If we are presented with two 248-bit values and told that one is a truncation of a Ed22519 shared secret and the other is a uniform random number, then for each of the pair we can easily count how many possible extensions to full secret values are possible. We then choose the value form the pair with the most possible extensions and we will be right more than half of the time. This is undesirable from a cryptographic point of view where even small biases can lead to major vulnerabilities. Note that this also applies to non-truncated shared secrets.

Note that pages 5 and 6 of the specification suggest applying Salsa20 to shared secret values to produce derived keys.

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  • $\begingroup$ Thanks so much for your answer - two followup questions: How did you find that there are only ~2^251 shared secret values? I got the possibility of the full 32 bytes from Thereom 2.1's {Curve25519 secret keys} × {Curve25519 public keys} → {Curve25519 public keys} statement. To your point about the non-uniform distribution of shared secrets: Assume I have a cryptographic hash h that maps to 248 bit values directly. Taking a 248-bit prefix/suffix/infix and hashing that using h should circumvent the problem as long as h distributes hash values uniformly, correct? $\endgroup$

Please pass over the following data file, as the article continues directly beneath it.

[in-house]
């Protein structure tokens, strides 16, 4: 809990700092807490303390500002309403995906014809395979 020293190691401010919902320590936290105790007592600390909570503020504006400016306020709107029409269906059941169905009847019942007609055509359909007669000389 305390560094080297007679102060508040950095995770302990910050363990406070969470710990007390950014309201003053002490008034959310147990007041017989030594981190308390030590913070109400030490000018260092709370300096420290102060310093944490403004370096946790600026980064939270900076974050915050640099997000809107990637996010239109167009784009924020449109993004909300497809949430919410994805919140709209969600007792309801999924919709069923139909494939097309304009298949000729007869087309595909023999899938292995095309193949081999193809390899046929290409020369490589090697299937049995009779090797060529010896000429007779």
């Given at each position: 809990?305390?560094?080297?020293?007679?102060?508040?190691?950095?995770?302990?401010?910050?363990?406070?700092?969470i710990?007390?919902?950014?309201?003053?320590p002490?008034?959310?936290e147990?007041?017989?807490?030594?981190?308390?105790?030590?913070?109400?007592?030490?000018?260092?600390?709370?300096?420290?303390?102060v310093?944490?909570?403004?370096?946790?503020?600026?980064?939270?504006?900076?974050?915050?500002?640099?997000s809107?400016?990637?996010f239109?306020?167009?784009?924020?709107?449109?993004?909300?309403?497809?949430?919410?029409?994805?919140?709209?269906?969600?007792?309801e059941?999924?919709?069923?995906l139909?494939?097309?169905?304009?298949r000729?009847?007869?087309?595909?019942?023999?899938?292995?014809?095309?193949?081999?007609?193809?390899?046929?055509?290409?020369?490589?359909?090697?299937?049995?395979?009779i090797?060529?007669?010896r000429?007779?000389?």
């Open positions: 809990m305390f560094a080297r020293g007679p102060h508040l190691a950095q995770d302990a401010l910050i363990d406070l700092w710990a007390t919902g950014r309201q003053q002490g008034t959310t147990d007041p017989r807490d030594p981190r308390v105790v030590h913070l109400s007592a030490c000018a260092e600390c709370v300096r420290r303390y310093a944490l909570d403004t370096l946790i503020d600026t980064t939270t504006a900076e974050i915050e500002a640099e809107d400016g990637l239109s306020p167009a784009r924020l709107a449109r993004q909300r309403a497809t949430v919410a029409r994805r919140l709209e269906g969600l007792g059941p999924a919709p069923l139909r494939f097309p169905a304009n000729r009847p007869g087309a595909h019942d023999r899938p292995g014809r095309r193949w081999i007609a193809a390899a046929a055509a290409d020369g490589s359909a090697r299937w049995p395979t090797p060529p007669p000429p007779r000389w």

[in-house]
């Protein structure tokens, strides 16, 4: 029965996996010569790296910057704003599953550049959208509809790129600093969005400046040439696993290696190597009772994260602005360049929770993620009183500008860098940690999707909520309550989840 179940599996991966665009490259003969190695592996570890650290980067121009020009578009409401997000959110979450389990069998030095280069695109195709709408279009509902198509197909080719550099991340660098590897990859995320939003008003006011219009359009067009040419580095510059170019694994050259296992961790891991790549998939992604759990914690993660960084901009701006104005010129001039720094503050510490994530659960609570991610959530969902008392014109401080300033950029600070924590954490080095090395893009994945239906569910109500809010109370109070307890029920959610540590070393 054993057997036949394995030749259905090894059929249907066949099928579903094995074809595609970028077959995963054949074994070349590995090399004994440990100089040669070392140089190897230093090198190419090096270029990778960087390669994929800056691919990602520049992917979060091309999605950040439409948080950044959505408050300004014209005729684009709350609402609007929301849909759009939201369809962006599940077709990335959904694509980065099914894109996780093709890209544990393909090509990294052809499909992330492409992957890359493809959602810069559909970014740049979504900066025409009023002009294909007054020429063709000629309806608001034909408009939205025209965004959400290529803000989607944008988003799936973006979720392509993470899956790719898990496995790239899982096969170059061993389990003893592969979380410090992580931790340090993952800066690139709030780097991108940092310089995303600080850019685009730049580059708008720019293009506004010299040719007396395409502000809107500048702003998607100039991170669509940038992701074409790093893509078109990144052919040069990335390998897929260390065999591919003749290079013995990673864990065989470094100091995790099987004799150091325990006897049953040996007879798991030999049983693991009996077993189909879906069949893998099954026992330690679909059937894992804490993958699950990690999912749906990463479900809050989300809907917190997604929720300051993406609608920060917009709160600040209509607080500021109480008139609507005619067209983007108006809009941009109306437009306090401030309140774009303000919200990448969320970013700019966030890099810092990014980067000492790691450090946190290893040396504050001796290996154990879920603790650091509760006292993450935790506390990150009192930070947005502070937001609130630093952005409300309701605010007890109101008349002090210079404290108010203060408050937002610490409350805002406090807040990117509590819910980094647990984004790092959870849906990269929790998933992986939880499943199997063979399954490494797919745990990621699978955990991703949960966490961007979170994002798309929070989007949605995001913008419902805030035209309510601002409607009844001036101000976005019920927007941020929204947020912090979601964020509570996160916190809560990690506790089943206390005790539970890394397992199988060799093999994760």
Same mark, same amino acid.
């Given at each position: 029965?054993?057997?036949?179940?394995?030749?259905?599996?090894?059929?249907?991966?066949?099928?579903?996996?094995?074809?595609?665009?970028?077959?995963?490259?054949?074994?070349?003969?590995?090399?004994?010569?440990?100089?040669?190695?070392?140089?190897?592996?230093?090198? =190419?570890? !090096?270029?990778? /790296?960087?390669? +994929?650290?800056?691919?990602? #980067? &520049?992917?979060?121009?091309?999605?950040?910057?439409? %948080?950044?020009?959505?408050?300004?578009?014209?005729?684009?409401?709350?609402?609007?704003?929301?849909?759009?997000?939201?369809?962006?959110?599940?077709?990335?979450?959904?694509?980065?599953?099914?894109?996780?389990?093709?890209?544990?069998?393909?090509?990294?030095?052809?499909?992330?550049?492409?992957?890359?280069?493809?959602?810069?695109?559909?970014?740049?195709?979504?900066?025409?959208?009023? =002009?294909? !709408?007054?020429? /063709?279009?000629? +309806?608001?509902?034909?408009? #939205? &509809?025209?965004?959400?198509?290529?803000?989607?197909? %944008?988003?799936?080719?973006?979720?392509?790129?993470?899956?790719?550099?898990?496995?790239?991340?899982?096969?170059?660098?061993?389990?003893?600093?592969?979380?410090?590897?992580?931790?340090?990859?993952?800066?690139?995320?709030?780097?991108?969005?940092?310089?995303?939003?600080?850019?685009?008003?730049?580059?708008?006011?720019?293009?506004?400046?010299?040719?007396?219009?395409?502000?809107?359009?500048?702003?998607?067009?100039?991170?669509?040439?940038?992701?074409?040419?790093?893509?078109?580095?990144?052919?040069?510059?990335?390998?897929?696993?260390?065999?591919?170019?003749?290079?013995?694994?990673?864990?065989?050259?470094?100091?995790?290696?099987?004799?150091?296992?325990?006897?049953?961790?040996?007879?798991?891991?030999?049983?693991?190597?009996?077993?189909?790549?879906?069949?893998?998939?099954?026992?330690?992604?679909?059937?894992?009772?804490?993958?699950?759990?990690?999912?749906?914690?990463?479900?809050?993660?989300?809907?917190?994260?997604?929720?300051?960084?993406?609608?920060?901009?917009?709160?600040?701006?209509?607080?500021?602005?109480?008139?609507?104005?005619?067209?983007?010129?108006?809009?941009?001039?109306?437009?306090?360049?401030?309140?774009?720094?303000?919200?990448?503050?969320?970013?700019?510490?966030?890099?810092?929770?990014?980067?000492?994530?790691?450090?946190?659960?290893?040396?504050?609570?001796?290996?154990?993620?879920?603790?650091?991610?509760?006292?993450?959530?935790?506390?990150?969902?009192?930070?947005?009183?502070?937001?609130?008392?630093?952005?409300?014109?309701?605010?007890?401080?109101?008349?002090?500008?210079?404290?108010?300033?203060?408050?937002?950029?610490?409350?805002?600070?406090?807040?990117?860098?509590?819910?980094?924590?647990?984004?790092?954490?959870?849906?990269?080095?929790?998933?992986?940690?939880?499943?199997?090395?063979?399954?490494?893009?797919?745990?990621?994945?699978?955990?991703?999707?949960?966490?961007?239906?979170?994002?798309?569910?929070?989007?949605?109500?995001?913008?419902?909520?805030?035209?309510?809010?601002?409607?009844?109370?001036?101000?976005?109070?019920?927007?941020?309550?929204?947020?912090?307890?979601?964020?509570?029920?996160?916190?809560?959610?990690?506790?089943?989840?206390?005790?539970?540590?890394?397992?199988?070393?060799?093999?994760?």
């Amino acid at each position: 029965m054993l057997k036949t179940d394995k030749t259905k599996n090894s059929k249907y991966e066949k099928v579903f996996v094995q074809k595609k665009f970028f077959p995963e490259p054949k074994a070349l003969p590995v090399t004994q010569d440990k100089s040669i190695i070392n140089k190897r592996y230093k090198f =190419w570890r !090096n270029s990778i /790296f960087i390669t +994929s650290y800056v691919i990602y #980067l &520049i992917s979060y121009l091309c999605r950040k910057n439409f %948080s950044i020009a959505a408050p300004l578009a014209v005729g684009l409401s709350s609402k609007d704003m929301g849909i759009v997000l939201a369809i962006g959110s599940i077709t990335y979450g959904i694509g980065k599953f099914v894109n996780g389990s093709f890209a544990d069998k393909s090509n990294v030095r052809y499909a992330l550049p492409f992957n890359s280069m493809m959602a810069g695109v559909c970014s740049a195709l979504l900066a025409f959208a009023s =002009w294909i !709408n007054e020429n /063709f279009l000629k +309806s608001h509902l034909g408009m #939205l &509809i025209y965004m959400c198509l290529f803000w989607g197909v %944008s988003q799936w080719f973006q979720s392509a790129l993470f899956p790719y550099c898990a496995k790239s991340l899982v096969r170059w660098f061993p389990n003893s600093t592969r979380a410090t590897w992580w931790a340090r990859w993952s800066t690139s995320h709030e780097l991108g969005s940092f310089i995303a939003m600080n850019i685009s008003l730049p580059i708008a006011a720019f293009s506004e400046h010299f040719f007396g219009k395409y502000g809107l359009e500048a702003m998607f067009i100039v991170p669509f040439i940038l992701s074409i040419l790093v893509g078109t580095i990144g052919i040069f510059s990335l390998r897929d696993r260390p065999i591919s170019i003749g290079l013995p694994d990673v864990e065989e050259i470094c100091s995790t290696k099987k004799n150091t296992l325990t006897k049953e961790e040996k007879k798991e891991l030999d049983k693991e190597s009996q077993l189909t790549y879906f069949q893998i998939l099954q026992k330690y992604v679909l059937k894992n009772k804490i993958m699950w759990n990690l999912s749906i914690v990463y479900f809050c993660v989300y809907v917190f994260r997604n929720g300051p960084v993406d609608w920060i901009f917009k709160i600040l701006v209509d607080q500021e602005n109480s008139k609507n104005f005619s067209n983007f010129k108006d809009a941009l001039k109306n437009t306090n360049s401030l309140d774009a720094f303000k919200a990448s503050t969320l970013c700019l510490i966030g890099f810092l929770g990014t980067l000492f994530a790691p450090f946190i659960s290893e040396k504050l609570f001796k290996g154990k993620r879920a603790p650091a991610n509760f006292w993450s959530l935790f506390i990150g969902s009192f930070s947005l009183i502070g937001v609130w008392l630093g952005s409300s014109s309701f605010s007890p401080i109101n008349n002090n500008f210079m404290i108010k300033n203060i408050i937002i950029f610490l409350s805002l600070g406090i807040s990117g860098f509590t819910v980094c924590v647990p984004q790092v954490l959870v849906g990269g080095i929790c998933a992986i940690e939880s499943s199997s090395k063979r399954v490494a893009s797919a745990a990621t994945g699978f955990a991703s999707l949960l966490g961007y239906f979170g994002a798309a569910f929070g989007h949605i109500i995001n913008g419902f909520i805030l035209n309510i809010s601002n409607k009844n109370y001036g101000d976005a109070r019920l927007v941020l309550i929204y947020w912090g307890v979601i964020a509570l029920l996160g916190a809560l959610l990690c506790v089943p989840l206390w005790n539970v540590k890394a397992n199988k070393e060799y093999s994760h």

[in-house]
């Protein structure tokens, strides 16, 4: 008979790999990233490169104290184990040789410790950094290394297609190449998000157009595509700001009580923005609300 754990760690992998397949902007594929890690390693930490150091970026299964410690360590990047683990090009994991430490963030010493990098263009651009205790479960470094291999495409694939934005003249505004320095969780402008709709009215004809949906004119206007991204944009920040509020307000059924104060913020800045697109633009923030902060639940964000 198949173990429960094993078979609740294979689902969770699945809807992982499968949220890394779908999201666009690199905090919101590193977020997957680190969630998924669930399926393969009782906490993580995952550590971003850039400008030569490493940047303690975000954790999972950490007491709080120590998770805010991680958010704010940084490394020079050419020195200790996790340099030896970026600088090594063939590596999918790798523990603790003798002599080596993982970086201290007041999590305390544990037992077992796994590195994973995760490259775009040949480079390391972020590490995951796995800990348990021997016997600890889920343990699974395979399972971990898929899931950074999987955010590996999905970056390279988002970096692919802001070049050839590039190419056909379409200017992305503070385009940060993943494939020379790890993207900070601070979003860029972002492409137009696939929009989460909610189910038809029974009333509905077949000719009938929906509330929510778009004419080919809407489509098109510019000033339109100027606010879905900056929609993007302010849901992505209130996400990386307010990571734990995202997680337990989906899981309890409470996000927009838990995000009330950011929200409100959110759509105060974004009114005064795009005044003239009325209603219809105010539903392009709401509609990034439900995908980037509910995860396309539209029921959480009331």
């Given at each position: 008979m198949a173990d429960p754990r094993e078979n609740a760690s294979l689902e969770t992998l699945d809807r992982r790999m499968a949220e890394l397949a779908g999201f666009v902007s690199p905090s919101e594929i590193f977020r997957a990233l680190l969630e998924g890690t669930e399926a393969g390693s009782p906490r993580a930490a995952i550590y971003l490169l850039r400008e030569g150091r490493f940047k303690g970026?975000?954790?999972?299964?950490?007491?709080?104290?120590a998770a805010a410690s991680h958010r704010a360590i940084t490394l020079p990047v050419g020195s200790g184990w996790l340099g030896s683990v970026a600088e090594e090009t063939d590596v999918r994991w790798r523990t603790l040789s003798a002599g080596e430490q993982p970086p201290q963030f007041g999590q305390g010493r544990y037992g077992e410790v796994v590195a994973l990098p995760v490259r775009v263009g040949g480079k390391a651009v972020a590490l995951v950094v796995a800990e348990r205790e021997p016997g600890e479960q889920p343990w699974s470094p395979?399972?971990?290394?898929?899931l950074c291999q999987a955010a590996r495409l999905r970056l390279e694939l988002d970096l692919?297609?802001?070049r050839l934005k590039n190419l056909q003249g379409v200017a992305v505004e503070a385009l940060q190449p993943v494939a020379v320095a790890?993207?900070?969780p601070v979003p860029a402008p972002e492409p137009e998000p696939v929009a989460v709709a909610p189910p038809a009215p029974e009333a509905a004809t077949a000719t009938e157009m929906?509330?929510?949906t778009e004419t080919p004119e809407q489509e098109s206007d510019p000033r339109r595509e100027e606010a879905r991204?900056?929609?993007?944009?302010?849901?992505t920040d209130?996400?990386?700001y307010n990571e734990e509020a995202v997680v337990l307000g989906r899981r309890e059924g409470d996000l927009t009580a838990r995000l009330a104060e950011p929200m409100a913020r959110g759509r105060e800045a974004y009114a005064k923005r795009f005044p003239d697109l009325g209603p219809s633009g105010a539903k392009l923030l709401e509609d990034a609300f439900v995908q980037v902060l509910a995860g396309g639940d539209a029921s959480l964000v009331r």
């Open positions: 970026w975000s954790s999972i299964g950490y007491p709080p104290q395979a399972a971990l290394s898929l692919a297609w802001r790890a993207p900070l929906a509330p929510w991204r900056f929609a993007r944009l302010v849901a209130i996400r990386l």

– user80785
    Commented Nov 16, 2022 at 9:51
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    $\begingroup$ I've added some words about where I got 251 from. Truncating then hashing feels like needlessly throwing away entropy. A biased input to a uniform function will produce biased output, but if $h$ is a cryptographic hash function the bias should not be computationally detectable/testable. $\endgroup$
    – Daniel S
    Commented Nov 16, 2022 at 10:41
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You should hash your secret. (In fact, you should not just hash it, but process it with a key derivation function such as HKDF that has been specifically designed for this purpose.) Doing so preserves the entropy of the ECDH shared secret better than simple truncation and makes the security of your system easier to analyze, as you can rely on the output of the KDF being computationally indistinguishable from a uniform random bitstring.